In case it falls under unquoted SLR security, FIMMDA’s valuation methodology for arriving at the clean price should be followed.

2. RBI may please clarify the treatment of MTM appreciation /depreciation of the IIBs, whether this would form a separate classification or a part of the Government Securities ‘classifcation’ and the appreciation/depreciation netted out with other G.Secs under this classification.

Ans: IIBs are government securities and as such should be classified accordingly as indicated in para 2 (i) of Master circular on investments:


i) The entire investment portfolio of the banks (including SLR securities and non-SLR securities) should be classified under three categories

viz. 'Held to Maturity',

'Available for Sale' and 'Held for Trading'

* However, in the balance sheet, the investments will continue to be disclosed as per the existing six classifications:

viz. a) Government securities,

b) Other approved securities,

c) Shares,

d) Debentures & Bonds,

e) Subsidiaries / joint ventures and

f) Others (CP, Mutual Fund Units, etc.).

3. As the ‘Principal’ (Face Value) would change in the secondary market trades , the methodology for accounting the change in the ‘Principal’ (Face Value) due to Inflation Indexation needs to be clearly spelt out.

Ans: IIBs classified under AFS and HFT may be valued at clean price quoted in the market at the time of acquisition. At the time of subsequent mark to market, the clean price quoted in the market as available from trades/quotes or clean price provided by FIMMDA may be treated as market value. Once this market value has been determined, the standard accounting procedures as applicable to HFT/AFS may be applied.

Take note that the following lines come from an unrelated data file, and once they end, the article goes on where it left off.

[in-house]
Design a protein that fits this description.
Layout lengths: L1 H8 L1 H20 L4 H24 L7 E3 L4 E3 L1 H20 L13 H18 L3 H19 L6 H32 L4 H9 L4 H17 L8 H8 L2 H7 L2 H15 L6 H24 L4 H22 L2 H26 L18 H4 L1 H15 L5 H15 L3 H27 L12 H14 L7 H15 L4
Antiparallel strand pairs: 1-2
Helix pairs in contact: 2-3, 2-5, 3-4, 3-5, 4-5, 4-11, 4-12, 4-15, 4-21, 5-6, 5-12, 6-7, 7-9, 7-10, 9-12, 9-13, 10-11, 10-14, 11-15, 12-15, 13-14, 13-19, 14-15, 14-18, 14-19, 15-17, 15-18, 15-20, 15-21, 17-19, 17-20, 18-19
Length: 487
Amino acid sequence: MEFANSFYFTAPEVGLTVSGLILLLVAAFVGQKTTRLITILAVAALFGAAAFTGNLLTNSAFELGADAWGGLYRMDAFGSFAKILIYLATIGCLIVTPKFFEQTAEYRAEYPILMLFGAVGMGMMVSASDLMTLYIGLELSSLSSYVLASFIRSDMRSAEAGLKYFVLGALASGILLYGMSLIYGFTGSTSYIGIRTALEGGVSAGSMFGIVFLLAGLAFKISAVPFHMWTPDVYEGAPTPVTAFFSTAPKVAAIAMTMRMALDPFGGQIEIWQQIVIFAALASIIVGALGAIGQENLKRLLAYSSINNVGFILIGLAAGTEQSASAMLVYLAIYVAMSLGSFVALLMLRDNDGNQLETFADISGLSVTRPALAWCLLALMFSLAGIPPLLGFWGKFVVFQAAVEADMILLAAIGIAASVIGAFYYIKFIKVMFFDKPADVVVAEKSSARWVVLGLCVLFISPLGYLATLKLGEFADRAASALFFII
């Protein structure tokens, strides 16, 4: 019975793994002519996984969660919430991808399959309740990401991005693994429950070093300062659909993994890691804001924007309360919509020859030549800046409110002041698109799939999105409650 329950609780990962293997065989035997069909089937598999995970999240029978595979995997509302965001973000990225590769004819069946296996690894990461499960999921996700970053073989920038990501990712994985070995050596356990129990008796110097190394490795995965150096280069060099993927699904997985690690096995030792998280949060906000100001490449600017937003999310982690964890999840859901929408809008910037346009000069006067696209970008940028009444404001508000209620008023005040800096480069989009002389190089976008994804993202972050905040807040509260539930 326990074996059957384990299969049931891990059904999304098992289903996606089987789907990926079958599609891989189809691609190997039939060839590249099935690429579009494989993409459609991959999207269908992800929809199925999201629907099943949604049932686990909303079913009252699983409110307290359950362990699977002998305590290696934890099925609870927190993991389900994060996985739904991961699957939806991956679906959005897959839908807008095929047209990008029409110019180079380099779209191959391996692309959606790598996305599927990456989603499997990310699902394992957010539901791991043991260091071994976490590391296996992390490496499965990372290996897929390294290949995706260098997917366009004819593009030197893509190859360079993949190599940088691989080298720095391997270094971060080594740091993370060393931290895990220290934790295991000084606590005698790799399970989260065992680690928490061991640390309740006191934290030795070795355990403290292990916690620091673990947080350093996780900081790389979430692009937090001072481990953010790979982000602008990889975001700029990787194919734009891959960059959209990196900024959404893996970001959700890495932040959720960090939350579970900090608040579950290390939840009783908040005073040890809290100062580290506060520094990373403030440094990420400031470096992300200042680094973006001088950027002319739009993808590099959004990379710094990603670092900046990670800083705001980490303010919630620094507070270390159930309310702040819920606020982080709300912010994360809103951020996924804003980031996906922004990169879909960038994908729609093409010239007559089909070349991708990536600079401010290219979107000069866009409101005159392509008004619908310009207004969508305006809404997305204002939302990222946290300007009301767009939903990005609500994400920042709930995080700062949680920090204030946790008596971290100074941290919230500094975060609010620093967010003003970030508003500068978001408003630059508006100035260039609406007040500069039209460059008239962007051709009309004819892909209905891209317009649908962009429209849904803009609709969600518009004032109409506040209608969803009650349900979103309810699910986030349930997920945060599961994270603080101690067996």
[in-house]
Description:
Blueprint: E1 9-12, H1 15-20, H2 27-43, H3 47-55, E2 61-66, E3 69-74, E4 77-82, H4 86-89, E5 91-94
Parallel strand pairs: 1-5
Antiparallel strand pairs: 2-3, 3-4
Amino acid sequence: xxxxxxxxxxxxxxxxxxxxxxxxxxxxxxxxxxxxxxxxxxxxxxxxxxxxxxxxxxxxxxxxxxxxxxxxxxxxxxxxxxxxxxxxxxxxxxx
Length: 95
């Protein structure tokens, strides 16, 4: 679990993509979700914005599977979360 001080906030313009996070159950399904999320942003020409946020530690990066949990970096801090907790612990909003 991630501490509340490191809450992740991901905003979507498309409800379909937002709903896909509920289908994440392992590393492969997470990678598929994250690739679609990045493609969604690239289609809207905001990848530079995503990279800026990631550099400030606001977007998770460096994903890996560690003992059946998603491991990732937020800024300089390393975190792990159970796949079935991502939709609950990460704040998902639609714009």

4. A confirmation is required that the IIBs will be accounted for as lower of Cost or Market Value. The Market Value being the Principal after the Indexation as on date of the trade, and the price concluded between the Buyer and Seller based upon the “Real Yield”.

Ans: As to what is market value, please refer to the answer given against Q1 and 3.

5. What would be the methodology for calculating the standardized market risk capital charge for Banks and PDs.

Ans: Presently market risk capital charge for Government Securities is calculated using Standardized Duration Method. This method is based on the price sensitivity with respect to nominal interest rates (modified duration). This methodology may be made applicable to IIBs also. Nominal interest rates are composed of two factors: real interest rates and inflation expectations. IIBs are exposed to the risk of changes in the real rates only. Therefore, price sensitivity calculated with respect to nominal yields will not provide the true risk of the IIBs. Hence in the case of IIBs, price sensitivity with respect to change in the real yields should be calculated for IIBs.

6. The principal for the IIBs is supposed to be indexed to the increase in the inflation as worked out by multiplication of the “Index Ratio” with the face value of the bond. Once the bond starts trading in the market after the auction, the index ratio will be changing daily and so also, the principal amount on which the fixed coupon will be accruing of the bond. Kindly clarify how to account for the principal and the interest for an IIB purchased in the secondary market.

Ans: Answers as given in Q 1 and Q 3.

7. What would be the SLR treatment for the mark-to-market appreciation in the IIB. Would an increased principal due to MTM be eligible for increase in SLR for the Bank holding the IIB.

Ans: Valuation methodology for IIBs has been explained above. Other than that no change is considered.

8. Kindly advise the accounting procedure for provisioning for MTM increase or decrease for the IIB acquired in the primary auction or the secondary market.

Ans: Valuation and accounting methodology as given in the answers to above questions.

These FAQs are also available on the Fixed Income Money Market and Derivatives Association of India website